Diabetes Education

Diabetes Foot Care

As someone with diabetes, you already know that there are many things you need to keep track of: your blood glucose level, your weight, your cholesterol, your blood pressure, your diet, and so forth. But when was the last time you checked ... your feet?

Feet are especially prone to damage from diabetes.

Here are three of the main reasons why the health of your feet are at risk if you have diabetes:

  • Diabetes causes nerve-damage. This is called diabetic neuropathy. If the nerves in your feet are damaged, then you may not be able to feel pain, heat, or cold. You could develop a sore or a cut on your foot and never know that it is there.
  • Diabetes causes poor circulation throughout the body. When blood flow is poor to the legs and feet, this is called peripheral vascular disease. Without good circulation, it is difficult for the body to heal itself properly when injuries occur.
  • Diabetics are more susceptible to infections. Coupled with poor circulation, an infection in the foot is hard to fight. Untreated, such an infection can lead to very serious consequences.

Fortunately, you can help prevent foot problems by paying special attention to the care of your feet.

Here are the Top Ten steps you can take to help maintain your feet.

1. Choose your shoes carefully for proper fit. The shoes you select should be comfortable when you try them on and should not need to be broken-in. Ill-fitting shoes can cause calluses and other foot problems that you may not be able to feel. You may wish to consider buying special footwear designed for people with diabetes.

2. Always wear shoes or socks, even around the house. This lessens the chance of accidental injury to your feet and protects your feet from the damaging effects of heat or cold.

3. Wash your feet every day in warm water (not too hot), but do not soak them, as this can cause skin to dry out. Dry your feet thoroughly, especially between the toes, since excess moisture can cause chaffing.

4.  If your skin is dry, apply a diabetic foot cream after you’ve washed and dried your feet. Do not use cream between the toes unless the lotion is specially made for that area.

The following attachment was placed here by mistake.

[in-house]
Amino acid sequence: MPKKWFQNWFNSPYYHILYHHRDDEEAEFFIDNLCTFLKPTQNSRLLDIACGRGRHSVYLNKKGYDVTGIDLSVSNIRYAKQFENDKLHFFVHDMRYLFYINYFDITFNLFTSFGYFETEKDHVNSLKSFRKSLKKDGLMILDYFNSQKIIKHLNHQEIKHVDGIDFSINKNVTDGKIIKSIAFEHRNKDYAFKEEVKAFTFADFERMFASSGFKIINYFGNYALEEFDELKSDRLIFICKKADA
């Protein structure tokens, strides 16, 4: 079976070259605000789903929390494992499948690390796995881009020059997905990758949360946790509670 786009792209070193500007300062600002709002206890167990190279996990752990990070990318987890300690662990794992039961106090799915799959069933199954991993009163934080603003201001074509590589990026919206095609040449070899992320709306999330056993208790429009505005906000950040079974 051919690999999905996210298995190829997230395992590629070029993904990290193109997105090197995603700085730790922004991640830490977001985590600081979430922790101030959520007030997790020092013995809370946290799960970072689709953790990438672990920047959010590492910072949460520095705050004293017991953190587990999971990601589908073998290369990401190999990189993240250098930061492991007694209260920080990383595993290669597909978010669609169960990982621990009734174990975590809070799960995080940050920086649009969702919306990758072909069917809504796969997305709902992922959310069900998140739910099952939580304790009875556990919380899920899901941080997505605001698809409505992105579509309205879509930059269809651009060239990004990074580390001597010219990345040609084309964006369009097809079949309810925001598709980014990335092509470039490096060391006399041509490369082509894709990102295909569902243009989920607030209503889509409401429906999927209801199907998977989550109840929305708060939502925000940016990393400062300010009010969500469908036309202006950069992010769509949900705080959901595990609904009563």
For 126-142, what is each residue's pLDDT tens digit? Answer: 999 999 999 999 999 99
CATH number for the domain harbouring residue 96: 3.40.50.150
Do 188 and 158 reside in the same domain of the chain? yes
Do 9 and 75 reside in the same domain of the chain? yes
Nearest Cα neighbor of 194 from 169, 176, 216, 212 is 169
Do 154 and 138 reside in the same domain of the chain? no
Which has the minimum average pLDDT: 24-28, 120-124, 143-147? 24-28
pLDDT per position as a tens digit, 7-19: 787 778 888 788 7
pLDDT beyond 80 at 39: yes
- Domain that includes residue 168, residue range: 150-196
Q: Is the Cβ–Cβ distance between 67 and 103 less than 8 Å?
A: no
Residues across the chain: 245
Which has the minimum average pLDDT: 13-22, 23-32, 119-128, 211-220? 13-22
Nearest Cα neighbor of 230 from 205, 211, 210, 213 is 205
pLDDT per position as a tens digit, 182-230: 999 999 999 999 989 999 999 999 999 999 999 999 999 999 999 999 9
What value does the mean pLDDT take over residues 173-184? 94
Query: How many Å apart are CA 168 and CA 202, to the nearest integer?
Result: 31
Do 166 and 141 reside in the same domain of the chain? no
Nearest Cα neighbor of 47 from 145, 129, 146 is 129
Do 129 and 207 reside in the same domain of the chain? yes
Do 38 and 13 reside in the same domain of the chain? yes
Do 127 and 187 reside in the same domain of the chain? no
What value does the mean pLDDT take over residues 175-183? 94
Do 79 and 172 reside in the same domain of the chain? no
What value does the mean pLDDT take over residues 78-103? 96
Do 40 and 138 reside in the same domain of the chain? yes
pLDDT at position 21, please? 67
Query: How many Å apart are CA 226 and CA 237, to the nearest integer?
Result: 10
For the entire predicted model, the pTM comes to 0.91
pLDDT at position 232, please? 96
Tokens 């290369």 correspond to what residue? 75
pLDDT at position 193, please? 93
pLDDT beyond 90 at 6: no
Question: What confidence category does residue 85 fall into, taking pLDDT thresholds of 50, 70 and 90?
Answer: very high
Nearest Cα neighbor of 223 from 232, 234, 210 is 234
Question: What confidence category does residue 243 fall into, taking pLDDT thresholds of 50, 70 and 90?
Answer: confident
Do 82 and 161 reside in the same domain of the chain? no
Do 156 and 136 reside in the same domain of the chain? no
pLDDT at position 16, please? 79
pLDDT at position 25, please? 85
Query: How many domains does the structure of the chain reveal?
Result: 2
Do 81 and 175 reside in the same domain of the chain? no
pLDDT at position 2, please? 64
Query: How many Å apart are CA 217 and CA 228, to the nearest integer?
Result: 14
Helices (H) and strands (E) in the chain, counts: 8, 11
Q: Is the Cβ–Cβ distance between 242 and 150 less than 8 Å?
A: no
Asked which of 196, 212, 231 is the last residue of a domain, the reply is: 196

5. Inspect your feet every day for bruises, redness, calluses, cuts, ingrown toenails, and so forth. Use a mirror to check the bottoms of your feet if you cannot bend over or if your eyesight is poor. You can also ask a family member, friend, or nurse to check your feet for you. If you do find an injury, always consult with your doctor on the best way to help it heal.

6. Have your doctor show you how to gently use a pumice stone to control corns or calluses. Removing corns or calluses yourself may not be a good idea, as you may damage the skin.

7. Trim your toenails regularly. Ideally, do this after washing, as the toenails will be soft and easier to clip. It is best to trim the toenails following the natural curve of your toe, rather than in a rounded shape. Do not cut into the corners of your toenails or you may break the skin. File any rough edges with an emery board.

8. Stop smoking. Smoking decreases the flow to small blood vessels, a problem that is pronounced in people with diabetes who already suffer from poor circulation.

9. Exercise. Physical activity increases the circulation throughout the body, which will help your feet and legs. If you are unable to walk, consider alternative exercises such as swimming or pedaling a recumbent bicycle.

10. Have your doctor check your feet at least four times a year. He or she should check your sense of feeling and your blood flow, as well as show you how to properly care for your feet.

Marci Sloane, MS, RD, LD/N, CDE

Article was reviewed by Marci Sloane, a registered and licensed dietitian/nutritionist and certified diabetes educator. Marci graduated with a degree in Nutrition and Physiology from Teachers College at Columbia University. Marci manages a Diabetes and Nutrition Education Center in South Florida and is the author of The Diet Game: Playing for Life!

The goal of Destination Diabetes® is to be a useful and credible resource for the more than 20 million children and adults who have diabetes in the U.S. and their families. Destination Diabetes® provides information on a wide range of diabetes health and wellness topics. Articles are written or reviewed by diabetes advisors who have experience in diabetes education.